World of Honey

beekeeping yearly schedule

Beekeeping Yearly Schedule for Florida

Here are the notes for beginners in Florida regarding the steps each beekeeper must take to maintain healthy hives. This information can be applied to other areas of the country as well, just adjust the dates according to your local conditions.

First Inspection of the Season:

Do not walk across the bees flight path. Approach the apiary from the back or side of the hives. Visually observe the flight activity to identify live or dead over-wintered hives. Remove protective winter wrap and verify dead or alive hives by viewing the actual bees.

Live Hives:

Check for food stores; if needed use the clean honey frames from the non-diseased dead hives and if not available feed sugar syrup. Scrape the bottom board and remove the first brood super.

Dead Hives:

Inspect each super, save empty clean combs and cull bad frames for wax rendering. Store the clean scraped equipment on the hive stand; culled supers with bad combs get returned to the honey house for wax rendering and sterilizing in lye bath.


March 26

Inspect the living over-wintered hives. During this inspection, identification of worker bees, queens,drones, eggs, larva (brood), honey, pollen and condition of the frames, hive strength, number of frames of brood is determined. Identify strong/weak hives to equalize colony strength, colonies to split, colonies needing a new queen and diseased AFB hives. Install packages bees, on the dead site equipment. Make nucs.

April 3

Install additional packages and queens into splits and divides. Check all hives for swarm cells. If swarm cells are present split the hive. Add a honey super on each hive a honey flow is on. Check each hive for swarm cells, you do not want any swarms. Swarming depletes the old hive of workers who produce a honey crop. Swarms petrify neighbors in the area and create trouble for beekeepers in general.

April 24

Repeat swarm cell check, check for the need of honey supers and look in trees for hanging swarms. A lack of hive activity warrants a hive inspection, open swarm cells indicate virgin queens in the hive. A GOODTIME FOR MAKING NUCS TO PREVENT AFTERSWARMS. ADD MORE HONEY SUPERS.

July 7

The swarming season should be over. Remove full honey supers to be extracted and add empty honey supers to the hives. The honey supers should be covered to prevent robbing and moved to the honey house.

Aug 5

The season is at its peak. You are beginning to function as beekeepers. The hives are bulging with honey and bees. Splits and divides have grown to full sized hives, no longer 5 frame nucs. It is time to do something with them. Consolidate or save for re-queening in September. This decision depends on the apiary status. Visually check each hive for activity. Sept 9Strip the hives of all honey supers, but leave one full honey super on each hive. Cover your honey supers and get them away to the honey house; otherwise you will create a robbing situation that you do not want to experience. Powdered sugar treatment for every hive for varroa mites. Formic acid Mite-Away pad treatment will be applied if necessary. August is the transitional change of brood by the queen from the summer bee to the winter bee that will survive and face the rigors of winter to keep the hive alive for the next season.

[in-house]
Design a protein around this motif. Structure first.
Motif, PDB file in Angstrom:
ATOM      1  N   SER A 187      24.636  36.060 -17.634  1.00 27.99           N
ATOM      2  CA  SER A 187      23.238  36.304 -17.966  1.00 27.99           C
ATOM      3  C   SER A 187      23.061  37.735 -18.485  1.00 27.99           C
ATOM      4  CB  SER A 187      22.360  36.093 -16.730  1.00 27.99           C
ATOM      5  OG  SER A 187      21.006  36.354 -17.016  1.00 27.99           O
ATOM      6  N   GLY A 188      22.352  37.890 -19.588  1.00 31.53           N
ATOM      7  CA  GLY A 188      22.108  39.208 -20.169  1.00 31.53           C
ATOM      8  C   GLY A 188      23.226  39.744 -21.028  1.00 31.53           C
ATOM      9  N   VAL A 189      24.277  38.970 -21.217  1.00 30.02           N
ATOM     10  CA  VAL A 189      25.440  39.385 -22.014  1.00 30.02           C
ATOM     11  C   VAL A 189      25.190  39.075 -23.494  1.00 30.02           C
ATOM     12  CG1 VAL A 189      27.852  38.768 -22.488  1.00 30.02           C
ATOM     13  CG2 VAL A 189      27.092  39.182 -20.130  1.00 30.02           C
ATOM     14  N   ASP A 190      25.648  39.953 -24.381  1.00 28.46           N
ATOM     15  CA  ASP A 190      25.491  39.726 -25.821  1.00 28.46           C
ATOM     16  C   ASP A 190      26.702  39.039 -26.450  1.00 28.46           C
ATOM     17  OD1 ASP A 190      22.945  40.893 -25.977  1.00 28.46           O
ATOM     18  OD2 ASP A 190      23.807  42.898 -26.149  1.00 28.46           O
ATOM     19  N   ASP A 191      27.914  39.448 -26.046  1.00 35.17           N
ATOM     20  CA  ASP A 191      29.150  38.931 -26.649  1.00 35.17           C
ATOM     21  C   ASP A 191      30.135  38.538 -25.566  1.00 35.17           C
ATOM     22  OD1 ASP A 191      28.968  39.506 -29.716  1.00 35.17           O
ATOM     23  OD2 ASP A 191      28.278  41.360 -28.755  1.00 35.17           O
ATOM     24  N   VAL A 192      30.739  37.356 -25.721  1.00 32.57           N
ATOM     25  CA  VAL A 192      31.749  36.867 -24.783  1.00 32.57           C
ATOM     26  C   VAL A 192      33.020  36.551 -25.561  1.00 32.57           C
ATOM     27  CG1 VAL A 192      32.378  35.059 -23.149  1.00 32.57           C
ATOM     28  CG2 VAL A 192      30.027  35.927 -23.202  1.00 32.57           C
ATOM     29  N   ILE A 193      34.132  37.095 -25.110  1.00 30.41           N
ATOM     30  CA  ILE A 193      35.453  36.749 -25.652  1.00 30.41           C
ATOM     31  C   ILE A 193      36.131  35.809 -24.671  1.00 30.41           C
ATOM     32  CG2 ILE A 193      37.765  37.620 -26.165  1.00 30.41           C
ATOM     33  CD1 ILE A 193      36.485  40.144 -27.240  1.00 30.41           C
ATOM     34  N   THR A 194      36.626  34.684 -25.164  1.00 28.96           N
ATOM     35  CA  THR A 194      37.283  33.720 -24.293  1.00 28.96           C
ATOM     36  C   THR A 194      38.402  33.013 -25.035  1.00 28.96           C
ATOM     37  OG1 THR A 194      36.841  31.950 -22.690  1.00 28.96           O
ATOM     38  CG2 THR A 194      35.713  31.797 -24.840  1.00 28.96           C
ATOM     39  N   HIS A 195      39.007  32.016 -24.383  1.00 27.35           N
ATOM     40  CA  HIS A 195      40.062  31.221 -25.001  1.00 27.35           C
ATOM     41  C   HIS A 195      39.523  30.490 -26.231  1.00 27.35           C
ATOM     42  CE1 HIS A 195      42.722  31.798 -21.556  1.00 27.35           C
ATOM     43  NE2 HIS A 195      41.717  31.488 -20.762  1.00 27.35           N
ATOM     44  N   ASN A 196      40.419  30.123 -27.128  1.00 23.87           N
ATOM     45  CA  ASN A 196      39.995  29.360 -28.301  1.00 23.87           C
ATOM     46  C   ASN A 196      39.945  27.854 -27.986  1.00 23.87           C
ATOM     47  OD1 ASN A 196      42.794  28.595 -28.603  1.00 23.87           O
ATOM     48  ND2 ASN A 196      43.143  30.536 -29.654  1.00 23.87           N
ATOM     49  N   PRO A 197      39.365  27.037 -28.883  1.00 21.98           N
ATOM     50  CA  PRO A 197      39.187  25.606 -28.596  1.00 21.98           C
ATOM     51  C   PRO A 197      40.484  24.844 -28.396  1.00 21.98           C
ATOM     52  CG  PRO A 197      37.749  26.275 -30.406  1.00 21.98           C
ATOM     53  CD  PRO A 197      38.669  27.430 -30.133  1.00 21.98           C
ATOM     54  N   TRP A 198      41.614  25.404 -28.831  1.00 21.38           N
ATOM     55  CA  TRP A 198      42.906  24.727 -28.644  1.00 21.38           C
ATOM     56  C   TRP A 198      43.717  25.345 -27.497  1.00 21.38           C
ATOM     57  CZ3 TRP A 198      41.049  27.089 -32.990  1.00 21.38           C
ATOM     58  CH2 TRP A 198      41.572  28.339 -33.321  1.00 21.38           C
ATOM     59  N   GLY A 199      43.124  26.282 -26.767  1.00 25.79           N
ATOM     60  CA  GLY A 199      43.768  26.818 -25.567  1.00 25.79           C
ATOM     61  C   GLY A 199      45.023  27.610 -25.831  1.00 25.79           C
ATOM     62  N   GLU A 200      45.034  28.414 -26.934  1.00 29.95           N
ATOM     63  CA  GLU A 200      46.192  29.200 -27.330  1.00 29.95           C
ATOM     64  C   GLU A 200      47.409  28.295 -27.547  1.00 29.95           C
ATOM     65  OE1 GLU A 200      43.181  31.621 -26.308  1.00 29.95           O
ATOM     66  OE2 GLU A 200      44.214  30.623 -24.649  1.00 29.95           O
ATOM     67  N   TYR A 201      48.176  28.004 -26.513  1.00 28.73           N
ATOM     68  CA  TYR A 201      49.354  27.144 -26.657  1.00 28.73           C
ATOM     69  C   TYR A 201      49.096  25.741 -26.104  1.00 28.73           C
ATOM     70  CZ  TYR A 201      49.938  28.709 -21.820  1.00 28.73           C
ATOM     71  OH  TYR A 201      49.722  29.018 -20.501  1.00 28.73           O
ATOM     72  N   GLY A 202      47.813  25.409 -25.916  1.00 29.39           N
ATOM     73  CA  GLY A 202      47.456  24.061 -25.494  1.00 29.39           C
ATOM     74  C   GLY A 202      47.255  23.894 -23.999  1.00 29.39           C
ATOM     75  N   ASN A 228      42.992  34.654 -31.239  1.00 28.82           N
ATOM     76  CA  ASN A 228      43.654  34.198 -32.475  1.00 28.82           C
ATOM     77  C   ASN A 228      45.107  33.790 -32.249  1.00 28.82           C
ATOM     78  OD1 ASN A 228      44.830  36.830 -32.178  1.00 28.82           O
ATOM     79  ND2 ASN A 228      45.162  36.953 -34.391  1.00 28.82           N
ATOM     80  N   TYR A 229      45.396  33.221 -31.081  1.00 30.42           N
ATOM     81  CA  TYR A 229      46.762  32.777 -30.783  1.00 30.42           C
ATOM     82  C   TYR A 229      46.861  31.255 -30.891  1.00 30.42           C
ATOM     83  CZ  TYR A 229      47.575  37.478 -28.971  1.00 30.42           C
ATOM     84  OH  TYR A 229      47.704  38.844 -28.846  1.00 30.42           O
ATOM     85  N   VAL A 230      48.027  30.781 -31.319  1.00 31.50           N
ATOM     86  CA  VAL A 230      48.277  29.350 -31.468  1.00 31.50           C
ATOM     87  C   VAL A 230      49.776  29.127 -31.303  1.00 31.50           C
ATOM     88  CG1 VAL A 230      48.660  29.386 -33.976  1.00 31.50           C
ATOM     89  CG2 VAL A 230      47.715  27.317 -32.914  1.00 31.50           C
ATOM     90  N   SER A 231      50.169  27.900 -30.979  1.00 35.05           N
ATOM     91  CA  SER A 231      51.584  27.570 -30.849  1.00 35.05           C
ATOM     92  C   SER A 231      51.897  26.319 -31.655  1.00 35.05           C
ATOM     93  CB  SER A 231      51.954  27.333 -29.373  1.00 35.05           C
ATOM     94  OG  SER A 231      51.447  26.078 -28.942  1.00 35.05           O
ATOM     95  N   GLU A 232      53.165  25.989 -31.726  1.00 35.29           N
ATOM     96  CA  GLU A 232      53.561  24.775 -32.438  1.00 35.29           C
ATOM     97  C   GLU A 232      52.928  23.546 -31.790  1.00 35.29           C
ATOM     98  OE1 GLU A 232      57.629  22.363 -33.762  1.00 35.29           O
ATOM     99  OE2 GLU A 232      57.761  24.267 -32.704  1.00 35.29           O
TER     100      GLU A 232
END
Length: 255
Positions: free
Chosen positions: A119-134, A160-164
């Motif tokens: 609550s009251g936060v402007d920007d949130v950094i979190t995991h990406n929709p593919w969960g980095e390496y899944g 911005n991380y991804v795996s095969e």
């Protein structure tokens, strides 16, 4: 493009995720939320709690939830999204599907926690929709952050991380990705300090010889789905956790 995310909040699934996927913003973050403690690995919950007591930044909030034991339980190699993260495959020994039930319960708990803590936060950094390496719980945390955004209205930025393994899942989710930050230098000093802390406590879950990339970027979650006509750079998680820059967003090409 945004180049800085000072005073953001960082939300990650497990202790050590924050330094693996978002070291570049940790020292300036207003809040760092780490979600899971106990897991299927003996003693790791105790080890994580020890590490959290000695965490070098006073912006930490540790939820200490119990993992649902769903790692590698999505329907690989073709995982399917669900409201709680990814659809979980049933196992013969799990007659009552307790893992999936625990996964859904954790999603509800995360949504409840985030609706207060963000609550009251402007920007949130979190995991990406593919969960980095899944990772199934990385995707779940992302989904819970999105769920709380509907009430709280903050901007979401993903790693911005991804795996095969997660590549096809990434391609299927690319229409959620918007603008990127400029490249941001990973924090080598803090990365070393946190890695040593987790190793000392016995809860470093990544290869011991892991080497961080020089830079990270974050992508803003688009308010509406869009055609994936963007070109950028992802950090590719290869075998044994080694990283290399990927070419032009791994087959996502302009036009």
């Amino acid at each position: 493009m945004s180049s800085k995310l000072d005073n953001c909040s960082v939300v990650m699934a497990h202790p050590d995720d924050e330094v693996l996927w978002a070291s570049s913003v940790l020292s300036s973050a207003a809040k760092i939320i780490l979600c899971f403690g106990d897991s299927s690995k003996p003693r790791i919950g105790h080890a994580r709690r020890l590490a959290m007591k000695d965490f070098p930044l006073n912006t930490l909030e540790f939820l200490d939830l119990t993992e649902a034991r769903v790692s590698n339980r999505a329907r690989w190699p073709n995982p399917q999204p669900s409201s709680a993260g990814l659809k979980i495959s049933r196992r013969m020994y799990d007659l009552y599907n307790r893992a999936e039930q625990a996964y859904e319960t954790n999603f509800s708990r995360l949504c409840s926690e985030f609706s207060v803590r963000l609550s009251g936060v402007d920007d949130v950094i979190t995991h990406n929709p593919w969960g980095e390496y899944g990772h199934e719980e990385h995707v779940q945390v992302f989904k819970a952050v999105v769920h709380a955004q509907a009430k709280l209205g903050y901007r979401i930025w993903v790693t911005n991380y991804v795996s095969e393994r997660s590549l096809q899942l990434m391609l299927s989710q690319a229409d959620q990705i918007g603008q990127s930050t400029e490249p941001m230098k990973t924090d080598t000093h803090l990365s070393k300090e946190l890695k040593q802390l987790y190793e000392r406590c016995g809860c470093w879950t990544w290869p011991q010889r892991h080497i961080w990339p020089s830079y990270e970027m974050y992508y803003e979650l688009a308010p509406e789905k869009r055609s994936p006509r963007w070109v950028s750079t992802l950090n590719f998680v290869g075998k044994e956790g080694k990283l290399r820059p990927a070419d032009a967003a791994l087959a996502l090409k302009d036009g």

Oct 20

Re-queen only the over wintered hives with the splits and divides made during the season. Remove any medication from all hives before re-queening. All hives are to be established to the basic 4 super winter hive arrangement, not counting the re-queening super. Basic 4 super winter hive consists of brood supers and 2 honey supers. The re-queening super is in between. Honey is stored in the honey house. I repeat, honey supers are to be covered while in use to prevent a robbing situation. Any left over splits or divides are to be combined into basic winter hives. Note: Install your entrance reducer on each hive to keep out mice. Feed sugar syrup to the hives to provide adequate over wintering food supply.

Nov 11

Remove all re-queening supers from hives and put on top of each hive on the inner cover. Inner cover should be in the winter position. Begin to winter wrap the hives with 20 pound roofing paper, secure the paper with baling twine, secure with slats, staple roofing paper, whatever mode. Tilt hive from rear with shims for water drainage, entrance reducer in place, use bales of hay for a wind break if needed. Re-queening supers on top of hives will be removed by Dec 1. All hives should be winterized (roofing paper wrapped) in areas of the state that receive frost.

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